The country’s remittance inflow will hit a record high of about $16 billion in 2018, said a World Bank report on Saturday.
And this remittance inflow would be an increase of 17.09 percent over last year’s, the report added. Remittance inflow stood at $14.34 billion during the January-November period of this year, up 15.88 percent over the same period of the previous year, according to Bangladesh Bank (BB) data.
The flow was $12.37 billion during the same period in 2017. The remittance movement is going to go up significantly around the world by 10.8 percent, to $528 billion in developing countries in 2018, according to the latest edition of World Bank’s Migration and Development Brief.
Stronger dollar rate against taka and global oil hike contributed greatly to the steady rise, the report mentioned.
However, India has maintained its dominance and topped the list of remittance receiving countries and will fetch a total of $80 billion in 2018 from $69 billion a year earlier.
It was followed by China ($67 billion), the Philippines ($34 billion), Mexico ($34 billion), Egypt ($26 billion), Nigeria ($25.1 billion), Pakistan ($20.9 billion), Ukraine ($16.5), Bangladesh ($15.9 billion) and Vietnam ($15.9 billion).
The remittances to South Asia are expected to go up by 13.5 percent in the current year, which is a faster growth than only 5.7 percent a year ago. The flow is driven up by stronger economic conditions in high-income economies (particularly the United States) in 2018.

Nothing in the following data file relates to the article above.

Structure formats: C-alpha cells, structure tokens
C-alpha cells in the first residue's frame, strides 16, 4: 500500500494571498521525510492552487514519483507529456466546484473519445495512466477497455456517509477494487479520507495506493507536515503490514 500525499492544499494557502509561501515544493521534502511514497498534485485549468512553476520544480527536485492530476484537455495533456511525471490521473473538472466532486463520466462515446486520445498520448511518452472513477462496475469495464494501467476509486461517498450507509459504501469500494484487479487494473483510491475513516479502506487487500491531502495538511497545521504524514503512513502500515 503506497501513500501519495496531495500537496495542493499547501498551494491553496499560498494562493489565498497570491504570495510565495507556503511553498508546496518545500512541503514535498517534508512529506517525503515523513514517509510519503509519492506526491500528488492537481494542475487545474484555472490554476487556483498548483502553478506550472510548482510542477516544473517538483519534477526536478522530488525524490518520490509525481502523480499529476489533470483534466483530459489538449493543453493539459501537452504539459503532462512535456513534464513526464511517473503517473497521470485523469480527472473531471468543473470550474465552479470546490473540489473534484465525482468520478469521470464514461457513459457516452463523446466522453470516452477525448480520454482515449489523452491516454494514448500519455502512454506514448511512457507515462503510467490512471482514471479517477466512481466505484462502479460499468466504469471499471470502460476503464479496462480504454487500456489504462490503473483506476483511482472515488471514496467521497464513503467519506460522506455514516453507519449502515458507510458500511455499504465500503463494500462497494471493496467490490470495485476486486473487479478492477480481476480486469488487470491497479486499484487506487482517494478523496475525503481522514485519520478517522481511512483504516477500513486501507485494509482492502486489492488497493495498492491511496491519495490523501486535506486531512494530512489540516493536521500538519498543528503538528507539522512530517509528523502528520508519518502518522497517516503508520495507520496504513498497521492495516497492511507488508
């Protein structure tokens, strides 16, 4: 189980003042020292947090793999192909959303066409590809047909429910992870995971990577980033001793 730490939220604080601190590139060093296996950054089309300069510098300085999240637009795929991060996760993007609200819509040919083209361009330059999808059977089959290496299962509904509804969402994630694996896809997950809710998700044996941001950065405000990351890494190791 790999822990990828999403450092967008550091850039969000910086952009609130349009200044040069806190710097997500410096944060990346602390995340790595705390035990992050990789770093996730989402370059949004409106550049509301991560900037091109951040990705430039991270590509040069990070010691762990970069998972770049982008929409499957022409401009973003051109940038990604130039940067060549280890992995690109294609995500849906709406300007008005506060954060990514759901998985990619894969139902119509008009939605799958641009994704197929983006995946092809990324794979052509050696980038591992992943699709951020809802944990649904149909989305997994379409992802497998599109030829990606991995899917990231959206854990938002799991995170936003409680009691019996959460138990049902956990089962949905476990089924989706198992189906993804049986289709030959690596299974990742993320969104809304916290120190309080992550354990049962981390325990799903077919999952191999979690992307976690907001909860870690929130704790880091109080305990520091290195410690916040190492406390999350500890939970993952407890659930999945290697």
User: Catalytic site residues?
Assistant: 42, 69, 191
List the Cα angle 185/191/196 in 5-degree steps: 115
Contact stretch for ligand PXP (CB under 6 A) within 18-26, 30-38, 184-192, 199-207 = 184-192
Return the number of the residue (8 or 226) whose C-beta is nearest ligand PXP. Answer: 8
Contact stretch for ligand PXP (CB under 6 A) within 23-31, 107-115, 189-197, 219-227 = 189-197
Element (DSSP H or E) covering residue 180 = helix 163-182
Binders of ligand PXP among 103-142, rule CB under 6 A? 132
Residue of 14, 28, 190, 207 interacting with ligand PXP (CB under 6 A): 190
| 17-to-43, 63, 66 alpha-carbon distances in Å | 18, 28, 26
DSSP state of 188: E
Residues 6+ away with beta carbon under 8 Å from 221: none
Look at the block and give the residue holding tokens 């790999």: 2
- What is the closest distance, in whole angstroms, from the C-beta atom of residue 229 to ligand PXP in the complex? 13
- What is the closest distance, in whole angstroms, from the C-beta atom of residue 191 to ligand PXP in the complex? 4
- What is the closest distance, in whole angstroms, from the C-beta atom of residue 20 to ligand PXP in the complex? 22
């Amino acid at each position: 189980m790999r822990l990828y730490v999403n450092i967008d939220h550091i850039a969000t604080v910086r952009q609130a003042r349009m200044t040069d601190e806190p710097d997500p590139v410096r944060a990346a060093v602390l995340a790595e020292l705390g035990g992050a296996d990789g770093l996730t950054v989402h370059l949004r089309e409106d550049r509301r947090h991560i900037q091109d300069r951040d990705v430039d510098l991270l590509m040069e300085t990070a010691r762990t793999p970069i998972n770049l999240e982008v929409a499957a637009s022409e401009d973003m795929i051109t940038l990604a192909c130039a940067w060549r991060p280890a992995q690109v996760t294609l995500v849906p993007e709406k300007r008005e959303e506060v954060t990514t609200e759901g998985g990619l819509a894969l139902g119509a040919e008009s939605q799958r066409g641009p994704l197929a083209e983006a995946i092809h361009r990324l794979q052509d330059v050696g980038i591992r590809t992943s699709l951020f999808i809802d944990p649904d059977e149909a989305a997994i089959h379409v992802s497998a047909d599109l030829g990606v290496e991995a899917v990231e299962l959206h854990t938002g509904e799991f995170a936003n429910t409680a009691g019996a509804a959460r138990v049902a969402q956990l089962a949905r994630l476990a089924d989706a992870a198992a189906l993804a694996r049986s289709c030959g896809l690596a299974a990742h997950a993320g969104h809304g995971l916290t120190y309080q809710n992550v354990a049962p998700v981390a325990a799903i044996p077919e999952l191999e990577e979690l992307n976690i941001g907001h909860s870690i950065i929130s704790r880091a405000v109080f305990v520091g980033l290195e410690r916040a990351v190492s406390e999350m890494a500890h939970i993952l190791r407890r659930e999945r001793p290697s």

Besides, the oil price has increased in October 2018, which had a positive impact on remittance outflows from some GCC countries (such as the United Arab Emirates. As a result, the remittance reported 13 percent growth in outflows in the first half of 2018.
In India, remittances are projected to grow by 15.2 percent in 2018 to $79.5 billion. A flooding disaster in the southern Indian state of Kerala is likely to have boosted remittances, as migrants sent financial help to families back home.
In Pakistan, remittance growth is projected to remain moderate in 2018 (6.2 percent) due to significant declines in inflows from Saudi Arabia (the largest remittance source).
In Bangladesh, remittances are going to show a whopping growth in 2018 (17.9 percent) while Sri Lanka is likely to witness remittance growth of 5.4 percent in 2018, according to report.
For 2019, it is projected that remittances to the region will slow to 4.3 percent due to a moderation of growth in high-income economies and slower migration to the GCC countries, the WB said.
Bank Asia Managing Director and CEO, Md Arfan Ali told Bangladesh Post that the remittance inflow decreased significantly in 2016 and 2017 fiscal years because of oil price hike in global market side by side expatriate workers opting to remit money through informal channels like ‘hundi’.
“The remittance inflow has been in an upward trend since the last several months in the wake of a series of measures taken by the government.”
Ali said, agent banking is doing a very good job by giving door-to-door remittance service, which will encourage expatriates to send their money through formal channels.